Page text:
14. New fieldtrip to the late and mid Devonian in the Ardennes from Belgium. This weekend I went with my friend Anthonie to a last minute field trip. The weather forecast were promising for that Sunday: gray but dry and decent temperatures so this was a possibility to make a last fieldtrip for this year. So Sunday morning I woke up early to leave for the fieldtrip… of course when I looked outside it was pouring. Still, hoping it could only get better I took the highway to Brussels, picked up my friend and we went to the direction of Marche en Famene for our first stop. It took us a one and a half hour drive in the rain to get there. Luckily the sky got a little less gray and the rain ended. We got to our first stop, a large construction site for a new industrial site. I went there before with my daughter with great success and I wanted to inspect the spot more closely. The huge construction pits exposed late Devonian schists (Frasnian), those deposits are well known to amateur collectors and can deliver a large quantity of spiriferid brachiopods, sometimes of very large dimensions. We spent almost 2 hours on the site, the bulldozers had done a great job clearing everything and we just had to pick up the brachiopods laying around everywhere. It was easy to fill up our bags and we only prospected a small part of the site. Apart from the huge amount of Spirifers, from which a few of them where around 3” we also found solitary corals, and a pair of gastropods. (probably Euomphalus sp.) We then took a quick lunch and headed to a new location a few miles further to a Quarry with mid. Devonian deposits (Givetian) This was the first time we prospected this site, so it took us a while before we could find a few decent fossils. The first ones we found were multiple large colonial corals and stromatolites, giving us a clue about this ancient reef and lagoon system. Most of those where too large to carry around, so we took a few pictures and we continued the prospection. In most parts of the quarry we found other large corals, but when we got to a scree we found multiple small solitary and colonial corals. We inspected this more closely an discovered lots of nice small fossils including a variety of very beautifully preserved brachiopods. After further prospection we went back to the car, making sure to pass by the first spot with the large corals. Where we each took a large specimen back to the car. We had still a little time on our hands and went to a 3rd location, an old quarry. When we got to this spot we were surprised to see that they started to fill up the location with debris. On the positive side the debris where mostly schists from a construction site. And again delivered a few nice spiriferid brachiopods, although very few in numbers. I think another group of collectors must have been screening those debris before us, a large amount of footprints where all around the place. We went to the back of the quarry to take a few extra pictures before heading back home. here I heard small pebbles falling from the cliff at the end of the quarry. We then saw quite a spectacular sight: a fox went down the cliff at an incredible speed, I thought he was stuck and would fell off, but halfway the cliff he went into a hole in the wall. Probably his den. We went closer to get a better sight but we made a new but gruesome discovery. A large dog lay dead at the bottom of the quarry. he probably fell of the cliff and it was not far of the den, so maybe this happened due to the dog chasing the fox. We took a picture of the collar, It had a cellphone number on it. We later contacted the owner to let him know what had happened to his dog. He was sad to hear the news, the dog was missing for two weeks after a hunting party, so this only confirmed our suspicions with the fox. After this incident we got back to the car and headed back home ( again raining during the whole trip) Although the day ended on a sad tone for the dog we did get a lot of great looking fossils. Il post updates of the finds after their first cleanup. Enjoy the pictures: Kevin 1st location: Late Devonian schists Looks like Santa came early this year: 2nd location: Mid Devonian reef deposits: 3rd location: note the piles of schists dumped in the quarry: Thanks to PaleoTony for the pictures.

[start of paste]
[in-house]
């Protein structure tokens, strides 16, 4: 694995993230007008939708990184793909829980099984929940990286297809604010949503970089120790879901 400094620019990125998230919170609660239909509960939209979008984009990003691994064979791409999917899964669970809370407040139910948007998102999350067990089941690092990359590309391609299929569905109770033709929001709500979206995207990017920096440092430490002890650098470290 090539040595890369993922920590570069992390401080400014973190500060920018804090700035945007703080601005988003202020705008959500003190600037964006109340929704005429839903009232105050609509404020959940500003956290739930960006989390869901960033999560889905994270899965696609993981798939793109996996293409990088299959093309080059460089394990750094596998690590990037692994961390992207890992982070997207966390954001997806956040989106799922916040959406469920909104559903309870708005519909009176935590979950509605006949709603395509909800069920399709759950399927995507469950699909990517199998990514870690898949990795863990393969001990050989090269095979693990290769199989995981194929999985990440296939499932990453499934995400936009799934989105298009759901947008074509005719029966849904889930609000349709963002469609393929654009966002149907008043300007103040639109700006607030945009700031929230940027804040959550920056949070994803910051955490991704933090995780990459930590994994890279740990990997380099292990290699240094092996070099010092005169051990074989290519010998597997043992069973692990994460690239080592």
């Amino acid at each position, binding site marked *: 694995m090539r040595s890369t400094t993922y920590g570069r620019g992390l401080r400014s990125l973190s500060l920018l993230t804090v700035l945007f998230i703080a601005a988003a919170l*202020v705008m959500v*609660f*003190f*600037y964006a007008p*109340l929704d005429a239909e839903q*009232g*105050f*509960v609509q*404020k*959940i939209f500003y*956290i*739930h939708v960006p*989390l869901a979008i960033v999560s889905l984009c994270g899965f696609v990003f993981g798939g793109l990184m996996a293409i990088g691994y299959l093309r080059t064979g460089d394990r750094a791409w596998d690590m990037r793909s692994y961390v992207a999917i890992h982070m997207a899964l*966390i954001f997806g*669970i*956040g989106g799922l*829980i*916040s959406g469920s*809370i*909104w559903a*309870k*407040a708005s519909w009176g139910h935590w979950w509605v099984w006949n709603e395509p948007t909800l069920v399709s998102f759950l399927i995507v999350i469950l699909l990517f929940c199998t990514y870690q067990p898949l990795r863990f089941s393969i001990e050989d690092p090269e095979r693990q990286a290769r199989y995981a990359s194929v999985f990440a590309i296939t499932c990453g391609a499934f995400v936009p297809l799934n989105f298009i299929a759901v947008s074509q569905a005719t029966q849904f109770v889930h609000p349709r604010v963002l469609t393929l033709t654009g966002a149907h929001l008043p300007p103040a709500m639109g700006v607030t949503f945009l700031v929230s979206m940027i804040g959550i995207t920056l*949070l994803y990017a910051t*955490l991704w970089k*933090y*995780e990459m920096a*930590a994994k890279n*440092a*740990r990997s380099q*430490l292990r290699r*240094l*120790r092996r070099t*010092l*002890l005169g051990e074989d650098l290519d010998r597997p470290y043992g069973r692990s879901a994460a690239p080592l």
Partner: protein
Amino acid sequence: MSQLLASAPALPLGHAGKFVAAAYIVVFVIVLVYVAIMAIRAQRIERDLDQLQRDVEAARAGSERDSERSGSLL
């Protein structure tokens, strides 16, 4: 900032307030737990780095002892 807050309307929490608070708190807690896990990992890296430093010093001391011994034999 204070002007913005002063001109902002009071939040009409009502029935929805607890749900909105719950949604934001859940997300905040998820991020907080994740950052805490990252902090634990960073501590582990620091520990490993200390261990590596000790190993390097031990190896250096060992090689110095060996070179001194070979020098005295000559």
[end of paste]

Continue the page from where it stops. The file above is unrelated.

15. Dual Eldredgeops

    From the album Fossildude's Middle Devonian Hamilton Group Fossils

    Eldredgeops rana, ... double specimen. Middle Devonian (Givetian) Hamilton Group. Windom Shale Penn Dixie Quarry, Hamburg, NY

    © 2012 Tim Jones